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Reply By: Joker - Saturday, Jun 02, 2012 at 07:42

Saturday, Jun 02, 2012 at 07:42
I have a 2010 ST that has nut indicators on it. If the wheel nuts are not seated properly and undertentioned you may lose a wheel. Nissan are aware of this problem that's why the nut indicators are a genuine Nissan part.

AnswerID: 487424

Follow Up By: Michael ( Moss Vale NSW) - Saturday, Jun 02, 2012 at 14:36

Saturday, Jun 02, 2012 at 14:36
Those indicators are a joke! Nissan are clever, they now have put the problem in your hands. Its up to you to check if they have loosened, not Nissan and it seems , not their problem! Michael
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Reply By: Member - Phil G (SA) - Saturday, Jun 02, 2012 at 08:00

Saturday, Jun 02, 2012 at 08:00
Nissan have certainly had the bad press but seen it happen commonly on 6 stud toyotas too. All the tyre dealers I've dealt with in recent years use torque wrenches to tension the nuts. I also think the 12mm studs are too small - my wife's VW uses 14mm nuts as do the more recent Landcruisers.

I carry a torque wrench and check the nut tension before I leave and every few days when I'm away. Also retension the nuts a few hundred kms after the wheels have been taken off for any reason.

It also helps if your wheels are hub centric - the centre of the wheel is a tight fit on the hub. Most factory wheels are good in this respect - many aftermarket wheels are not - not sure about Patrol mags.
AnswerID: 487426

Follow Up By: Michael ( Moss Vale NSW) - Saturday, Jun 02, 2012 at 15:08

Saturday, Jun 02, 2012 at 15:08
Phil, the early standard mags (GU2003) have an inadequate centre location and apparently the wheels can be bolted on and tightened without being located properly.
Some time down the track, the wheel jumps onto the location, usually within a few hundred kilimetres and then the wheel nuts are loose and then failure occurs shortly after. When i got a recall notice to have the indicators fitted, I decided to sell my factory mags and bought Nissan steel wheels.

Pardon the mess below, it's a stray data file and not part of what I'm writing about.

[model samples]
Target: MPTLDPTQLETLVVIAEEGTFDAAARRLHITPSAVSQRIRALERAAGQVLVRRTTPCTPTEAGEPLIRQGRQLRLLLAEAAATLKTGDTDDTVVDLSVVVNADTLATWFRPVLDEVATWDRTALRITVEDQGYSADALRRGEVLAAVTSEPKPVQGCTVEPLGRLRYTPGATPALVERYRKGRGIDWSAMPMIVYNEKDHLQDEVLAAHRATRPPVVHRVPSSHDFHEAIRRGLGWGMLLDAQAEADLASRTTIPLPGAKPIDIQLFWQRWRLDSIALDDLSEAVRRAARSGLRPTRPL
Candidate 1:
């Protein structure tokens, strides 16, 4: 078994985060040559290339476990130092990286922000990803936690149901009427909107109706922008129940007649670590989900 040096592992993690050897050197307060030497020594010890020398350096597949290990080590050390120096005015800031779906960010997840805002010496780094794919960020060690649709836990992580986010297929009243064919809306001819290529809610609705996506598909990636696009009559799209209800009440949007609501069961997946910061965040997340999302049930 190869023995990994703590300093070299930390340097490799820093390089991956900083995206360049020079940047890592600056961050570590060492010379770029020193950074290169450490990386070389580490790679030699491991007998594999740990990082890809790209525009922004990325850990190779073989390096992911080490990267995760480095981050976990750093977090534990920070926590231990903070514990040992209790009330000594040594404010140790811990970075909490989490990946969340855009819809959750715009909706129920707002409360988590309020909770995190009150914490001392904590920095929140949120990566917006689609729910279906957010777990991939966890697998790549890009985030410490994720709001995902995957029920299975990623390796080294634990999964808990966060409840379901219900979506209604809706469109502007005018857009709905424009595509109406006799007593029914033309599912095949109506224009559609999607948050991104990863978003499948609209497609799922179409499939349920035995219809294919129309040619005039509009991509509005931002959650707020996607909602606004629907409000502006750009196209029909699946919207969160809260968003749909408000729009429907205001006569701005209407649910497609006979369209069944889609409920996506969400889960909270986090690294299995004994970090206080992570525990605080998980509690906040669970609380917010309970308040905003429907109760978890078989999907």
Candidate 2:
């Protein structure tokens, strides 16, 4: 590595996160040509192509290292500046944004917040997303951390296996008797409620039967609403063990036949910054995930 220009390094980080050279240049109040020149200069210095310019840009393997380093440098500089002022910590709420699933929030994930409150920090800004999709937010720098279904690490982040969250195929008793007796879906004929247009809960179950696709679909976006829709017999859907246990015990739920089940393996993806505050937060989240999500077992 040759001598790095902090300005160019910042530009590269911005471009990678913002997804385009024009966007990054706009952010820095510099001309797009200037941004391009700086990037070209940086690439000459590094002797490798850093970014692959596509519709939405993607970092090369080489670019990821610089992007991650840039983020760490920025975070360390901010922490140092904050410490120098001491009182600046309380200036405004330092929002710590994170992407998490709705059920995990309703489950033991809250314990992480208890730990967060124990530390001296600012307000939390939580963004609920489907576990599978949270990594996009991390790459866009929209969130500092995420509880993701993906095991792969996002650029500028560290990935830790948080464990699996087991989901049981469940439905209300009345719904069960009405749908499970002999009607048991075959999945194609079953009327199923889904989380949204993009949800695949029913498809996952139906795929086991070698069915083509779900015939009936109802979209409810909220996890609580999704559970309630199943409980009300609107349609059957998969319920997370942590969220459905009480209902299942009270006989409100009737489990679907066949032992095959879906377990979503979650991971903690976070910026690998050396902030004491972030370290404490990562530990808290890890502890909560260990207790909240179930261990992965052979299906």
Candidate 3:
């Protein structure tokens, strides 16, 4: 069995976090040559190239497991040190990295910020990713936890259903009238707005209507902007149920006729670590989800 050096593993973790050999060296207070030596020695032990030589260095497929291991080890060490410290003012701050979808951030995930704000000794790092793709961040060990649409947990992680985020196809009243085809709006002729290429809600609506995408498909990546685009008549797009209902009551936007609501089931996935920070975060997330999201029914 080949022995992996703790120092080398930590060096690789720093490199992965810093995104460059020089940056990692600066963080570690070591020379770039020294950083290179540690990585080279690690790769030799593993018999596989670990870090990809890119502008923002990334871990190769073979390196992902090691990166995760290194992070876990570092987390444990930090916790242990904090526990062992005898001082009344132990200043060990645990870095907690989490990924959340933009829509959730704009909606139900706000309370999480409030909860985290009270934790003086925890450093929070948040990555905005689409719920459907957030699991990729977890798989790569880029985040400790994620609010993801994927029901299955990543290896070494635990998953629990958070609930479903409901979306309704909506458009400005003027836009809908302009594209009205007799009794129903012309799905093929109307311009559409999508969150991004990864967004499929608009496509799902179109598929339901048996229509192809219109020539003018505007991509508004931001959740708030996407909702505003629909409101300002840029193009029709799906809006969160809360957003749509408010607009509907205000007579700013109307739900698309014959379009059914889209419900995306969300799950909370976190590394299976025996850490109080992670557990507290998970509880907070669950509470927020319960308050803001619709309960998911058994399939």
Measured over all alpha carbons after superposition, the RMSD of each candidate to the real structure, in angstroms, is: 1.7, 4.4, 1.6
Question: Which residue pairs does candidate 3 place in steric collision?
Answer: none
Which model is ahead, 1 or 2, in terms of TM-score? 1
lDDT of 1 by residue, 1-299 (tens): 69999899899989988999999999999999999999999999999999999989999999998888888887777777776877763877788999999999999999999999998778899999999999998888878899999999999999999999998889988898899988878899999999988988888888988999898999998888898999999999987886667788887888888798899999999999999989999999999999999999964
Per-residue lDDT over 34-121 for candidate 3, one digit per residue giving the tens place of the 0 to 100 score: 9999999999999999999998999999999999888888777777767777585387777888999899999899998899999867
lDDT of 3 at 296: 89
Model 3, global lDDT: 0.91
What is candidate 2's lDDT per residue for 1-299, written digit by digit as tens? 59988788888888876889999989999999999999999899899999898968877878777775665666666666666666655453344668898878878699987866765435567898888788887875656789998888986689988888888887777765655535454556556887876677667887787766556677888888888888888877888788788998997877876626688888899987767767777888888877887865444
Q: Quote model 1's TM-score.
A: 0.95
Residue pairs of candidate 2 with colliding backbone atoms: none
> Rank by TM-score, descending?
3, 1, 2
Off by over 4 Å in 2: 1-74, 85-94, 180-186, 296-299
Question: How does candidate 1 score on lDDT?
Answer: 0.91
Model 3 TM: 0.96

I use a torque wrench with the steels so I feel I have done the best i can do to avoid failure. I carry in the GU, a set of front and rear studs and nuts, hopefully that has covered all bases!! Michael

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Reply By: GT Campers - Saturday, Jun 02, 2012 at 08:04

Saturday, Jun 02, 2012 at 08:04
Wheels fall off 4WDs all the time - it's not a 'Nissan' or a 'Toyota' or a 'D-Max' thing. It is not part of a 'wider problem'. Something went wrong with your vehicle, in your situation. But it's not fun, is it?!?

A loose steel wheel will fall off just like a loose alloy wheel - however some alloy wheels (partcularkly aftermarket) tend to have studs come loose more often as there is no 'spring' or 'give' in teh alloy, plus they may lack the steel insert the nuts' taper should bear against

Did the studs break? or come loose?

As mentioned by others, over-torquing of the wheel studs is often the culprit but that could have happened at *any* time during the vehicle's life with the fatigue factor only cathcing up with it now
AnswerID: 487427

Reply By: Cravenhaven - Saturday, Jun 02, 2012 at 09:03

Saturday, Jun 02, 2012 at 09:03